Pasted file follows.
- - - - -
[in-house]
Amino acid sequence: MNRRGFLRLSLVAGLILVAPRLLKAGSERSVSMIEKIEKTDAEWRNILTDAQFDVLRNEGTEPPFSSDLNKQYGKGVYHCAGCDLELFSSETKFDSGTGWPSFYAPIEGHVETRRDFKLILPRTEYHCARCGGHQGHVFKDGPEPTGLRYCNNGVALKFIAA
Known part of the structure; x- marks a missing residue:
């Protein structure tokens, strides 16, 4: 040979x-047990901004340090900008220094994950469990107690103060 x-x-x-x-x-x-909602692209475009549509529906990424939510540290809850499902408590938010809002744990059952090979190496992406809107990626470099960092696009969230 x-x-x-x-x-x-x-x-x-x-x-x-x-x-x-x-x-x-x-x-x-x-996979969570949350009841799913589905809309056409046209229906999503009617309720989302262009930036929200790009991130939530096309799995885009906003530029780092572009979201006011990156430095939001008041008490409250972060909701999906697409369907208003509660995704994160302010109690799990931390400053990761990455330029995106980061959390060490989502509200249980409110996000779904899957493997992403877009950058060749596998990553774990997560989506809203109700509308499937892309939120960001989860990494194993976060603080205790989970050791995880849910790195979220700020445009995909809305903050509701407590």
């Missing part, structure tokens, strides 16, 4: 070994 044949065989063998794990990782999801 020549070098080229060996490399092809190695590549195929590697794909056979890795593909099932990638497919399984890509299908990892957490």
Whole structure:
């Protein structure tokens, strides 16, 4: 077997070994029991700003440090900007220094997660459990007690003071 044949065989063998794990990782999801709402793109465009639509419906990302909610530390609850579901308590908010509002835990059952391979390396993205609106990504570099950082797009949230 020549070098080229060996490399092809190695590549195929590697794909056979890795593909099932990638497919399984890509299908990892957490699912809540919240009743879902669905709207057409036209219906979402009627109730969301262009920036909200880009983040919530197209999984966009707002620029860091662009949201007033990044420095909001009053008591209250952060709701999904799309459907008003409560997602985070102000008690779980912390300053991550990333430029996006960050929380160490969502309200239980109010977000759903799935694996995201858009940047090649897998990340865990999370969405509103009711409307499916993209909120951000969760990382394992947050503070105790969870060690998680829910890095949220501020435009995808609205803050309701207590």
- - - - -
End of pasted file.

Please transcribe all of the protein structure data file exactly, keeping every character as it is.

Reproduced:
[in-house]
Amino acid sequence: MNRRGFLRLSLVAGLILVAPRLLKAGSERSVSMIEKIEKTDAEWRNILTDAQFDVLRNEGTEPPFSSDLNKQYGKGVYHCAGCDLELFSSETKFDSGTGWPSFYAPIEGHVETRRDFKLILPRTEYHCARCGGHQGHVFKDGPEPTGLRYCNNGVALKFIAA
Known part of the structure; x- marks a missing residue:
């Protein structure tokens, strides 16, 4: 040979x-047990901004340090900008220094994950469990107690103060 x-x-x-x-x-x-909602692209475009549509529906990424939510540290809850499902408590938010809002744990059952090979190496992406809107990626470099960092696009969230 x-x-x-x-x-x-x-x-x-x-x-x-x-x-x-x-x-x-x-x-x-x-996979969570949350009841799913589905809309056409046209229906999503009617309720989302262009930036929200790009991130939530096309799995885009906003530029780092572009979201006011990156430095939001008041008490409250972060909701999906697409369907208003509660995704994160302010109690799990931390400053990761990455330029995106980061959390060490989502509200249980409110996000779904899957493997992403877009950058060749596998990553774990997560989506809203109700509308499937892309939120960001989860990494194993976060603080205790989970050791995880849910790195979220700020445009995909809305903050509701407590």
């Missing part, structure tokens, strides 16, 4: 070994 044949065989063998794990990782999801 020549070098080229060996490399092809190695590549195929590697794909056979890795593909099932990638497919399984890509299908990892957490």
Whole structure:
């Protein structure tokens, strides 16, 4: 077997070994029991700003440090900007220094997660459990007690003071 044949065989063998794990990782999801709402793109465009639509419906990302909610530390609850579901308590908010509002835990059952391979390396993205609106990504570099950082797009949230 020549070098080229060996490399092809190695590549195929590697794909056979890795593909099932990638497919399984890509299908990892957490699912809540919240009743879902669905709207057409036209219906979402009627109730969301262009920036909200880009983040919530197209999984966009707002620029860091662009949201007033990044420095909001009053008591209250952060709701999904799309459907008003409560997602985070102000008690779980912390300053991550990333430029996006960050929380160490969502309200239980109010977000759903799935694996995201858009940047090649897998990340865990999370969405509103009711409307499916993209909120951000969760990382394992947050503070105790969870060690998680829910890095949220501020435009995808609205803050309701207590």